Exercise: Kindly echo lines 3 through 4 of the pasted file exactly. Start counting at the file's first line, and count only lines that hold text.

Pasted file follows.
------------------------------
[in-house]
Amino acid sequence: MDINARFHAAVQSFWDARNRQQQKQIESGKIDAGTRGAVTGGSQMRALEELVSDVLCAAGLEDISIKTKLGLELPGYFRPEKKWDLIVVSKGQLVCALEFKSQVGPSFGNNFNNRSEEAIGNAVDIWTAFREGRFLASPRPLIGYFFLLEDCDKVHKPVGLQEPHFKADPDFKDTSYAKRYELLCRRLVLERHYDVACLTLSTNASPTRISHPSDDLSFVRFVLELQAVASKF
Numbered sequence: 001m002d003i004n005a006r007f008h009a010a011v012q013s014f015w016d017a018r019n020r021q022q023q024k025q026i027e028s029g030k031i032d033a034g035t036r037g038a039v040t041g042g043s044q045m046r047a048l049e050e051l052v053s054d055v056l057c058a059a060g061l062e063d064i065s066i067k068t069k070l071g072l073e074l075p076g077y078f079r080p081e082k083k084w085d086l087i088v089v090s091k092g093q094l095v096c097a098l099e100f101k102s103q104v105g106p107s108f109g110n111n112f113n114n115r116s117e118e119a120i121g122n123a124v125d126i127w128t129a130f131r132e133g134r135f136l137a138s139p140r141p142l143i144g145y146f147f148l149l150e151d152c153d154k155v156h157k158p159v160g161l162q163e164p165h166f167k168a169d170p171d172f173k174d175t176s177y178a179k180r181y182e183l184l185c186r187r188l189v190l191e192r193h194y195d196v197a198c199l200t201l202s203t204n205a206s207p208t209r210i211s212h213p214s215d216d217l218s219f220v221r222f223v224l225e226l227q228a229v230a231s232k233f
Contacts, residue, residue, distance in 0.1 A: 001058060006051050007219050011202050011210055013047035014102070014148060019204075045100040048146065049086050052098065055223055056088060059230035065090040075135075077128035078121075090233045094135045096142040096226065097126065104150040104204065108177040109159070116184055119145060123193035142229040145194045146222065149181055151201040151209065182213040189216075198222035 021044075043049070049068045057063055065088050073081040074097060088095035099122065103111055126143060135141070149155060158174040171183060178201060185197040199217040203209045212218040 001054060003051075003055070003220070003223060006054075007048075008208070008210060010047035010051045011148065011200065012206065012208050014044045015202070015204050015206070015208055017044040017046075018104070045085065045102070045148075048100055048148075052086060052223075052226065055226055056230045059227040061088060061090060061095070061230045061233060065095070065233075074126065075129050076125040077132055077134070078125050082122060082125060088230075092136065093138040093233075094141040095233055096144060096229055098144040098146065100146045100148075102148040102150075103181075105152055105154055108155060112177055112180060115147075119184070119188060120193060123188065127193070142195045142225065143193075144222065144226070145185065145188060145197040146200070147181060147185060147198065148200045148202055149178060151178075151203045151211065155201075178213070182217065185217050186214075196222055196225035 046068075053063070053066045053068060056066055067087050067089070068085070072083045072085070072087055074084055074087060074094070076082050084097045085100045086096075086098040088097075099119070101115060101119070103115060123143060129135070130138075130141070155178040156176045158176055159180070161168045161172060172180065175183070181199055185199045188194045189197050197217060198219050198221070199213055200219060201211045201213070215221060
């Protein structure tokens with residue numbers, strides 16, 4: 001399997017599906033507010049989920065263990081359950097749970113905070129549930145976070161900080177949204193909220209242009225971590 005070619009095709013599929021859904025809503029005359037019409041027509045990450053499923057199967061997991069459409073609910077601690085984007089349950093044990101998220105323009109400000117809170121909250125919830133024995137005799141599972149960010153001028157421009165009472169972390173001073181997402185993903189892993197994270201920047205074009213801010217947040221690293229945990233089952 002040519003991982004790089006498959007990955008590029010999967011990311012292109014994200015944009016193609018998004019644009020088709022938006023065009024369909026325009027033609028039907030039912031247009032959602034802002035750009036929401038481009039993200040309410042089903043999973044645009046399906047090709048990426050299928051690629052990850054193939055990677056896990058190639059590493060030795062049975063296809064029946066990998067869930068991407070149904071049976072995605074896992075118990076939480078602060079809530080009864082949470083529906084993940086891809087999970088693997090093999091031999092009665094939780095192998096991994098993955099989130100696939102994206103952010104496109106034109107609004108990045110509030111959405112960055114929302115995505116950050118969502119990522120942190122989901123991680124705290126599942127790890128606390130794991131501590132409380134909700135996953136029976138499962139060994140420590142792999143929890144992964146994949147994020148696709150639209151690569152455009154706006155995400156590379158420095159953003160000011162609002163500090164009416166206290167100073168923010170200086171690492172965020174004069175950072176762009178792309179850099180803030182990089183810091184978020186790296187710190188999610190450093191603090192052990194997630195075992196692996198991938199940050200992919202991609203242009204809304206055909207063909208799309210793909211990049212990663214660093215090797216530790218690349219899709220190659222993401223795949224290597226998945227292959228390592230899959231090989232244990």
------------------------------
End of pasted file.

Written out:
Numbered sequence: 001m002d003i004n005a006r007f008h009a010a011v012q013s014f015w016d017a018r019n020r021q022q023q024k025q026i027e028s029g030k031i032d033a034g035t036r037g038a039v040t041g042g043s044q045m046r047a048l049e050e051l052v053s054d055v056l057c058a059a060g061l062e063d064i065s066i067k068t069k070l071g072l073e074l075p076g077y078f079r080p081e082k083k084w085d086l087i088v089v090s091k092g093q094l095v096c097a098l099e100f101k102s103q104v105g106p107s108f109g110n111n112f113n114n115r116s117e118e119a120i121g122n123a124v125d126i127w128t129a130f131r132e133g134r135f136l137a138s139p140r141p142l143i144g145y146f147f148l149l150e151d152c153d154k155v156h157k158p159v160g161l162q163e164p165h166f167k168a169d170p171d172f173k174d175t176s177y178a179k180r181y182e183l184l185c186r187r188l189v190l191e192r193h194y195d196v197a198c199l200t201l202s203t204n205a206s207p208t209r210i211s212h213p214s215d216d217l218s219f220v221r222f223v224l225e226l227q228a229v230a231s232k233f
Contacts, residue, residue, distance in 0.1 A: 001058060006051050007219050011202050011210055013047035014102070014148060019204075045100040048146065049086050052098065055223055056088060059230035065090040075135075077128035078121075090233045094135045096142040096226065097126065104150040104204065108177040109159070116184055119145060123193035142229040145194045146222065149181055151201040151209065182213040189216075198222035 021044075043049070049068045057063055065088050073081040074097060088095035099122065103111055126143060135141070149155060158174040171183060178201060185197040199217040203209045212218040 001054060003051075003055070003220070003223060006054075007048075008208070008210060010047035010051045011148065011200065012206065012208050014044045015202070015204050015206070015208055017044040017046075018104070045085065045102070045148075048100055048148075052086060052223075052226065055226055056230045059227040061088060061090060061095070061230045061233060065095070065233075074126065075129050076125040077132055077134070078125050082122060082125060088230075092136065093138040093233075094141040095233055096144060096229055098144040098146065100146045100148075102148040102150075103181075105152055105154055108155060112177055112180060115147075119184070119188060120193060123188065127193070142195045142225065143193075144222065144226070145185065145188060145197040146200070147181060147185060147198065148200045148202055149178060151178075151203045151211065155201075178213070182217065185217050186214075196222055196225035 046068075053063070053066045053068060056066055067087050067089070068085070072083045072085070072087055074084055074087060074094070076082050084097045085100045086096075086098040088097075099119070101115060101119070103115060123143060129135070130138075130141070155178040156176045158176055159180070161168045161172060172180065175183070181199055185199045188194045189197050197217060198219050198221070199213055200219060201211045201213070215221060